Edit: I'm fairly formal, but try not to wear anything too flashy.  I don't do the jeans and a t-shirt thing, because I'm not a redneck nondenominational whatever who thinks Jesus is my drinking buddy (I'm with you, FormerReformer).  The judgment that some of those people have for those of us who choose to dress up a bit is remarkable.  It seems a great deal of effort goes into being "properly" attired from the clergy side; the least I can do is look presentable.  For those who can't afford to "dress up," it's a totally different scenario, but some form of slacks and a collared shirt (I always cover my arms) shouldn't be too difficult for most.
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« Reply #25 on: December 07, 2011, 12:00:10 AM »

Funny but people wear thier best to meet earthly "VIPs"; presidents, queens, prime ministers, CEO's etc.
But when you go to spend time with G-d, jeans are ok.
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« Reply #26 on: December 07, 2011, 12:04:40 AM »

I remember hearing somewhere, when you go to worship, "you should dress like you're going to see a king."

Because you are.  angel
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« Reply #27 on: December 07, 2011, 12:17:02 AM »

I've done a bit of traveling and I notice people in the South dress up more for Church. I haven't been to the Northeast but I assume it might be the same. A large chunk of the guys at my parish wear suits and ties. (Some even with cowboy boots) I feel a little out of place wearing slacks and a shirt Tongue
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« Reply #28 on: December 07, 2011, 12:27:03 AM »

Funny but people wear thier best to meet earthly "VIPs"; presidents, queens, prime ministers, CEO's etc.
But when you go to spend time with G-d, jeans are ok.
The former expect us to be dressed according to worldly customs. For them, it is indeed right and proper. God, on the other hand, only requires we be clothed in the wedding garments of repentance and illumination.
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« Reply #29 on: December 07, 2011, 12:29:19 AM »

Funny but people wear thier best to meet earthly "VIPs"; presidents, queens, prime ministers, CEO's etc.
But when you go to spend time with G-d, jeans are ok.
The former expect us to be dressed according to worldly customs. For them, it is indeed right and proper. God, on the other hand, only requires we be clothed in the wedding garments of repentance and illumination.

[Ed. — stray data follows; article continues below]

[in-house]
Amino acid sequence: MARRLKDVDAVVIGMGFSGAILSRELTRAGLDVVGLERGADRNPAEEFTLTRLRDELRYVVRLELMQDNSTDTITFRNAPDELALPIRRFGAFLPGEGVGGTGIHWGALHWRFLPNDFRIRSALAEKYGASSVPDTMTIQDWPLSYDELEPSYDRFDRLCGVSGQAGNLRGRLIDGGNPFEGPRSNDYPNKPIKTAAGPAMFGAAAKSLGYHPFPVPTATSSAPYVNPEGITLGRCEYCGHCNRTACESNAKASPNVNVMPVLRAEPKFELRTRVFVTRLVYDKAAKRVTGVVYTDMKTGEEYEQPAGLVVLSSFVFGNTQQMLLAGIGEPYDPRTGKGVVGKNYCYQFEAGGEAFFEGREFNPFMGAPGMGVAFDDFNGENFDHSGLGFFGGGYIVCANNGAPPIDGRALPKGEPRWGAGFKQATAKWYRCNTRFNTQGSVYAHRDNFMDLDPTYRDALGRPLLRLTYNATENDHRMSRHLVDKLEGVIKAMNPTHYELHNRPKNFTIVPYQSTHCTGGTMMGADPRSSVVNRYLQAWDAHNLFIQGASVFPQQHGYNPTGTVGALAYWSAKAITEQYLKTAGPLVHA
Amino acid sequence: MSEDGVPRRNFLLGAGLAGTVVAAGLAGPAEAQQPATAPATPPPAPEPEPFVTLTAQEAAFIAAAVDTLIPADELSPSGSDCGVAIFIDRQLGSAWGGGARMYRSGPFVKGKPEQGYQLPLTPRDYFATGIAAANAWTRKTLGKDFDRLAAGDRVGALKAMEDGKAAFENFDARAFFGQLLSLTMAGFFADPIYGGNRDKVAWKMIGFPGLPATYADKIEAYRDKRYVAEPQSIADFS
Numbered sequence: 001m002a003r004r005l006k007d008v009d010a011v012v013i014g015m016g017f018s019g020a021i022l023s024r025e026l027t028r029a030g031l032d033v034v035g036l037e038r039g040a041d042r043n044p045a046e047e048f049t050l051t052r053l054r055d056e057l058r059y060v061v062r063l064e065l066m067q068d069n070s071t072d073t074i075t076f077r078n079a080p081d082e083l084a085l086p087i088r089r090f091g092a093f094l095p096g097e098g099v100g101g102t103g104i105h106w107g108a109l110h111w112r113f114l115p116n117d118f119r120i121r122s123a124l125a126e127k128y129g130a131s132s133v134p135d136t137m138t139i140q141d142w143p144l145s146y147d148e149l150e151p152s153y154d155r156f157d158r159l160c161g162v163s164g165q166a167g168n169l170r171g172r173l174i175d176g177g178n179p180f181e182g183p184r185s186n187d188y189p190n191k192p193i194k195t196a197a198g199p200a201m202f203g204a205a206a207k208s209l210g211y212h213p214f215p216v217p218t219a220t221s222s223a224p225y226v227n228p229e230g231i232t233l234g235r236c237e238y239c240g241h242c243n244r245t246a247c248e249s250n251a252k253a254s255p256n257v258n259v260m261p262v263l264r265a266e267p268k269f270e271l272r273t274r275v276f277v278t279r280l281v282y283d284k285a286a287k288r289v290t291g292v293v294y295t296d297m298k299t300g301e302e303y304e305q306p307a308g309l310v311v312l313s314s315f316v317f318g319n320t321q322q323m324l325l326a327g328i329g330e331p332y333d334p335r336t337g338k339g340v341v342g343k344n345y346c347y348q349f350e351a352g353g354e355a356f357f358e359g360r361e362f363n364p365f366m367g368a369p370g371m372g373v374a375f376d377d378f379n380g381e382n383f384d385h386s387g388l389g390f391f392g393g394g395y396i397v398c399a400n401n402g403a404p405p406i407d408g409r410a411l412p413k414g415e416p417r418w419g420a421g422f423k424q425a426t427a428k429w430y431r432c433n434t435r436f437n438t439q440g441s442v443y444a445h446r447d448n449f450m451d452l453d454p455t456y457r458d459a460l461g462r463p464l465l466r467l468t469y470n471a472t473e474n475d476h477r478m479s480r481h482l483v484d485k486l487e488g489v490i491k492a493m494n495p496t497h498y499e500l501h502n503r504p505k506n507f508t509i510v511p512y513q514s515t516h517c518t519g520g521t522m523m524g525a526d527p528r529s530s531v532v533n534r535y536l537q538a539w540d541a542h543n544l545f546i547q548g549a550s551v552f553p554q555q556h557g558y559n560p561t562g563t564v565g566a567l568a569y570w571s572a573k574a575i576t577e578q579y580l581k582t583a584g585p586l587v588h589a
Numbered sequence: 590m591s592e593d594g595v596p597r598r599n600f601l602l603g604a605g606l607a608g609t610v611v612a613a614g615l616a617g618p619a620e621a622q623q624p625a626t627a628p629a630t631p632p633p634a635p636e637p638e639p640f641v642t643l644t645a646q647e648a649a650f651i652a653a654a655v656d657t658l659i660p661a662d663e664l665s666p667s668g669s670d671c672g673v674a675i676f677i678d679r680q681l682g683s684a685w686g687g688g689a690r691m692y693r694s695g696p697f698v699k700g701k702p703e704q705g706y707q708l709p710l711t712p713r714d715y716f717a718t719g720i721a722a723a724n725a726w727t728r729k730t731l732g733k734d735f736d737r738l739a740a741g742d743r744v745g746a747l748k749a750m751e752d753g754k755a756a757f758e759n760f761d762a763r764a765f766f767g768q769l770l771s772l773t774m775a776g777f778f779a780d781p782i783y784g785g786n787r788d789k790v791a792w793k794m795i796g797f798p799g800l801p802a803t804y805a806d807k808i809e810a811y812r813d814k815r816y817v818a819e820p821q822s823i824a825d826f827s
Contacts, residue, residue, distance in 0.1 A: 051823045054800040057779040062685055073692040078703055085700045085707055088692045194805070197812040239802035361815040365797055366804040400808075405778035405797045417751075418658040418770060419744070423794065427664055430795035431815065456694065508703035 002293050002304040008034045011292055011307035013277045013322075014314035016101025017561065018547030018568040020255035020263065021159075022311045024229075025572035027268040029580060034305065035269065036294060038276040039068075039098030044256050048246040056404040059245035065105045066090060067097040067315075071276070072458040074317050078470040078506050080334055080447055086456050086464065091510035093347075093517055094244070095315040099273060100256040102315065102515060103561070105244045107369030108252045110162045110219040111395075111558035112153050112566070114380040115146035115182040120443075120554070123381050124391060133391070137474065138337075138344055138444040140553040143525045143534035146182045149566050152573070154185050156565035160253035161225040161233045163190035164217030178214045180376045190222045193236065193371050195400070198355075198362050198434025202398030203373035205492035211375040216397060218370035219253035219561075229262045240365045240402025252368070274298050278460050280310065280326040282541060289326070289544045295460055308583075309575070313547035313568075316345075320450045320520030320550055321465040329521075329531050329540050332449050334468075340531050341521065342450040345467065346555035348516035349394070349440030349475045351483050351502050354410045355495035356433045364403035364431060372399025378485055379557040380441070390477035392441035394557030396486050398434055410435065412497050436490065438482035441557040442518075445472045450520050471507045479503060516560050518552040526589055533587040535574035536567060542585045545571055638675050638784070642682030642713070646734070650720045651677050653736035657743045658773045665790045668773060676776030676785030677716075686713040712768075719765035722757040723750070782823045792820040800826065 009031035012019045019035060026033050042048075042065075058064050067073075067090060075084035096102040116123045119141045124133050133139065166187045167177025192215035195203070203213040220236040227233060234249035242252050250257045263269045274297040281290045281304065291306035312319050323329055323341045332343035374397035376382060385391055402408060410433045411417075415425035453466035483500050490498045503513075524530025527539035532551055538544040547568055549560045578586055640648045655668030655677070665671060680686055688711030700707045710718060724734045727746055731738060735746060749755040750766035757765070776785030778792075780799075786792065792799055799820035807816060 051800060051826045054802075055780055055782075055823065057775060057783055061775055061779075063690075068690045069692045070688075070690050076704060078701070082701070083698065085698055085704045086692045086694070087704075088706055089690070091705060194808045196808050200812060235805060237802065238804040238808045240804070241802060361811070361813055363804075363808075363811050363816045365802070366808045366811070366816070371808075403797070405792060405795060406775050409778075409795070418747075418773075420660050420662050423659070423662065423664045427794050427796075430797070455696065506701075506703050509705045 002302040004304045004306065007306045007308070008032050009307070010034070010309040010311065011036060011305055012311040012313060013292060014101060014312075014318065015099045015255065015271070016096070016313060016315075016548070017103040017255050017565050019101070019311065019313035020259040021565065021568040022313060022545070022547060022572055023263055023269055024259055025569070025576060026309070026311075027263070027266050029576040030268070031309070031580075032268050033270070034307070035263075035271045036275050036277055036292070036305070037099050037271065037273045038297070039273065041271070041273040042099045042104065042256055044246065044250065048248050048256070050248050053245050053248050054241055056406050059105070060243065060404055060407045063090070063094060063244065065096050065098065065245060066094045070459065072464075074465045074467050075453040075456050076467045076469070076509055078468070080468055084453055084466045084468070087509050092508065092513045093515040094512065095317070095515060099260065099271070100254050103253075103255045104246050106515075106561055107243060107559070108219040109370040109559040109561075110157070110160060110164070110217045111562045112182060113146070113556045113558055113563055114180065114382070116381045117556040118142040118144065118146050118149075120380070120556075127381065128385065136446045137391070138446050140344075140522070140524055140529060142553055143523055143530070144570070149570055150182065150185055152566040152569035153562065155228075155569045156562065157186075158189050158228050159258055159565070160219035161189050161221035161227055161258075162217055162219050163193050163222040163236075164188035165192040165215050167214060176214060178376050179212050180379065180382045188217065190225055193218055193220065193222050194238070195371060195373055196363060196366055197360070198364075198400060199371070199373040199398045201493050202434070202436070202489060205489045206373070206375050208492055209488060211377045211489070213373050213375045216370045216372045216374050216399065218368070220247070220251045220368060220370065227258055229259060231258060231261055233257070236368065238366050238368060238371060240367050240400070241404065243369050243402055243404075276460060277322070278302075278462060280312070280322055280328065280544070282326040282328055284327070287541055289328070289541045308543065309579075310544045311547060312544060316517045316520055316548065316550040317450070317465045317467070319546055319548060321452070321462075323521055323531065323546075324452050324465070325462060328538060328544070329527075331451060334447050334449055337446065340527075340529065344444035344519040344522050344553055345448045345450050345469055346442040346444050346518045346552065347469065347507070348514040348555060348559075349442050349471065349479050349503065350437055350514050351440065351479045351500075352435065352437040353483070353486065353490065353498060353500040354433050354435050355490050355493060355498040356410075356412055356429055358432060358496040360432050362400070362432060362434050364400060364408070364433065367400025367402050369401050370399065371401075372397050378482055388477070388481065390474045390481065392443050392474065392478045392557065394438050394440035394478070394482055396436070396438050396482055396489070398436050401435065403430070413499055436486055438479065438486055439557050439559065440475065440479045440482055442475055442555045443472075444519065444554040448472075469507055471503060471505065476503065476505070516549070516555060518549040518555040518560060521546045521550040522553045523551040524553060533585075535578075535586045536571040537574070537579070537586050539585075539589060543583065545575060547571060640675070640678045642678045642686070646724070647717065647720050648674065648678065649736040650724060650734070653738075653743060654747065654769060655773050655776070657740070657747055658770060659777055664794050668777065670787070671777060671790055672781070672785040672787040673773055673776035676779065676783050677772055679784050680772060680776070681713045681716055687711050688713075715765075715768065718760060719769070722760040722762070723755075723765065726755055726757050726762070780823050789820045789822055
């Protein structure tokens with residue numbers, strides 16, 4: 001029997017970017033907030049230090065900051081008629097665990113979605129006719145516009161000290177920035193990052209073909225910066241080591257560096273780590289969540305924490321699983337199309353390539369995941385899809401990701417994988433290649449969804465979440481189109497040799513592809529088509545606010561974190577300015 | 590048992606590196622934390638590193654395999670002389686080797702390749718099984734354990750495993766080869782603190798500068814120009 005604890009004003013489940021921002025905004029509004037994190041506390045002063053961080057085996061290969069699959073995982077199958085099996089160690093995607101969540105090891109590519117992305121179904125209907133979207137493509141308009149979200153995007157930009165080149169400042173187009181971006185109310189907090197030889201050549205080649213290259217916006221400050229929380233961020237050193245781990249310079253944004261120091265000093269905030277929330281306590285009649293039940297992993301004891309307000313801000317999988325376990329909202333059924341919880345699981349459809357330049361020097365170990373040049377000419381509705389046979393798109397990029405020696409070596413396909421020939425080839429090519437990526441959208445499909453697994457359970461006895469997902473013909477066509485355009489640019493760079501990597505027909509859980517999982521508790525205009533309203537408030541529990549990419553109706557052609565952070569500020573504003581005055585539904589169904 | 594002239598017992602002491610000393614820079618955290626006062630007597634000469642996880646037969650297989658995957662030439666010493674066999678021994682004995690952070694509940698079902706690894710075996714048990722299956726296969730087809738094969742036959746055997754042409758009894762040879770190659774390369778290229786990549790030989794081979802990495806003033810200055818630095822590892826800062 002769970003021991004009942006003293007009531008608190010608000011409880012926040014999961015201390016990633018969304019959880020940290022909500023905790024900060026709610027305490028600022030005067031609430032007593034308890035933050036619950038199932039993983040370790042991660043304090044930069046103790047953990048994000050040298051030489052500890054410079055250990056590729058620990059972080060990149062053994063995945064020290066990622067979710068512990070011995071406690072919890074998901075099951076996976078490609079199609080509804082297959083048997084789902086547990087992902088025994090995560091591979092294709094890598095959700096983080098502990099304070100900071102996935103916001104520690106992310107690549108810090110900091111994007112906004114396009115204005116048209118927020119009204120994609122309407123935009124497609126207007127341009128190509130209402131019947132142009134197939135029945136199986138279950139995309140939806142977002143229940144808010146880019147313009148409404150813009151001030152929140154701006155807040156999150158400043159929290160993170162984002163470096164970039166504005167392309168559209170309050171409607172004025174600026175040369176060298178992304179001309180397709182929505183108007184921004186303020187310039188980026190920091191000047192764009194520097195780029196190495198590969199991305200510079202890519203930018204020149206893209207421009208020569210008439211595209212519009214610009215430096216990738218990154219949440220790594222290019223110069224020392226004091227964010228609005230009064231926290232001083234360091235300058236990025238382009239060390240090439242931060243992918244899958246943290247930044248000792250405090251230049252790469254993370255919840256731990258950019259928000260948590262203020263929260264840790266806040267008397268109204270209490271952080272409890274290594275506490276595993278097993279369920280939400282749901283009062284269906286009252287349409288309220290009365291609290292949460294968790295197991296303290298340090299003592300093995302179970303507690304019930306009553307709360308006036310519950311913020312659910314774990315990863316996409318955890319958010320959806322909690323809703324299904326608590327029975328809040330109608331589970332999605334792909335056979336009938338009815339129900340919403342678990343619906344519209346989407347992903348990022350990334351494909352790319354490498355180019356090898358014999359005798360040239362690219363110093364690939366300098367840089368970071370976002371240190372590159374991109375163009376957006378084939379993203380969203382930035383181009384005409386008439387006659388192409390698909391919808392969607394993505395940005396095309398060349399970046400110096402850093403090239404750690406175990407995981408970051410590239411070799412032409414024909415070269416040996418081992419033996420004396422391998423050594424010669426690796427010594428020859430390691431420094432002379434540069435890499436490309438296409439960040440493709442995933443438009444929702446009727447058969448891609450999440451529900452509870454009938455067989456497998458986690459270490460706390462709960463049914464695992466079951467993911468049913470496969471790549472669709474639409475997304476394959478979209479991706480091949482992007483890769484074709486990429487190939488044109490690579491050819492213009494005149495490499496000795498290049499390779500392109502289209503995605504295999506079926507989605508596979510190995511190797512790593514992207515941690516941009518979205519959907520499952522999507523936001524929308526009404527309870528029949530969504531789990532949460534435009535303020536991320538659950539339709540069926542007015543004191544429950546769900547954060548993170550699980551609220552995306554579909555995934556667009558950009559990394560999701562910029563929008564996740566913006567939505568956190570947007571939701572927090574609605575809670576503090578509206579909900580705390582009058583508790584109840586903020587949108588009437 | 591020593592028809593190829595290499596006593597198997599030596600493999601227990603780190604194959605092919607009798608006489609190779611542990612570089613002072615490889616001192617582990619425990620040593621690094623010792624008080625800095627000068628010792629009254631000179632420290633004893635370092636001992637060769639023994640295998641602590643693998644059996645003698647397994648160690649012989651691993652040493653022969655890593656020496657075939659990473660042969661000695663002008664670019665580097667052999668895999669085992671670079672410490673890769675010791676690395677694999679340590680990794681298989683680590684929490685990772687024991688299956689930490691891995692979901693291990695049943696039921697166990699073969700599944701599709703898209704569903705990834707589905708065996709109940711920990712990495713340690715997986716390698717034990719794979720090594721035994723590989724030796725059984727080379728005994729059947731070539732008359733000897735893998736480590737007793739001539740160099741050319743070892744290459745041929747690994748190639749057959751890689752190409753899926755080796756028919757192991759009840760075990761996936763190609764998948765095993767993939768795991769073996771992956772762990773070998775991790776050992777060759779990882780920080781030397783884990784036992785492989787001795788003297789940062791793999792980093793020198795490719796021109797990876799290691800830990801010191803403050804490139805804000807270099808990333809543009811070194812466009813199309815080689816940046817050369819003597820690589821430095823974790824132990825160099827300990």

But doesn't the entire Orthodox theology of icons, vestments, altar dressings, etc. imply that God wants the best we can materially offer as well?
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« Reply #30 on: December 07, 2011, 12:34:11 AM »

I guess I could just tell him to suck it up, only focus on God, etc. but I'm not sure...

And this would be the correct response. We shouldn't be focusing on what others wear to Church; there are beautiful icons all around us, if you want something to look at, look at an icon.  

It angers and annoys me how much time is dedicated to what people are wearing. "Her skirt is too short!" "His arms are showing!" "Why doesn't he have a beard?" "Where is her head covering?"

Stop focusing on others and focus on your own soul and your relationship with God.

Each one of us here is familiar with the social norms, economic challenges, and weather obstacles we must overcome to go to Liturgy at our own particular parish. My advice to anyone would be to do the best with what you've got. If you see others in the parish are dressed more casual, then that's okay. If you see people are dressed more formal, and you can afford to do so, then follow suit. (No pun intended.)

To spend time consuming yourself with worry about what others think of you and such is not only sinful, it will just cause unnecessary anxiety.
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« Reply #31 on: December 07, 2011, 12:38:19 AM »

But doesn't the entire Orthodox theology of icons, vestments, altar dressings, etc. imply that God wants the best we can materially offer as well?

While this is sound reasoning, it's not always possible.

A family may be able to afford fine dresses and suits, but if they have to traverse through snow and cold winds to get to Liturgy, this may not be practical.

This is why it is best not to focus on what others wear, and to only worry about yourself.

You ultimately have to dress in a way that you feel is honoring to God, but isn't giving into pride, vanity, etc.
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« Reply #32 on: December 07, 2011, 12:45:33 AM »

But doesn't the entire Orthodox theology of icons, vestments, altar dressings, etc. imply that God wants the best we can materially offer as well?

While this is sound reasoning, it's not always possible.

A family may be able to afford fine dresses and suits, but if they have to traverse through snow and cold winds to get to Liturgy, this may not be practical.

This is why it is best not to focus on what others wear, and to only worry about yourself.

You ultimately have to dress in a way that you feel is honoring to God, but isn't giving into pride, vanity, etc.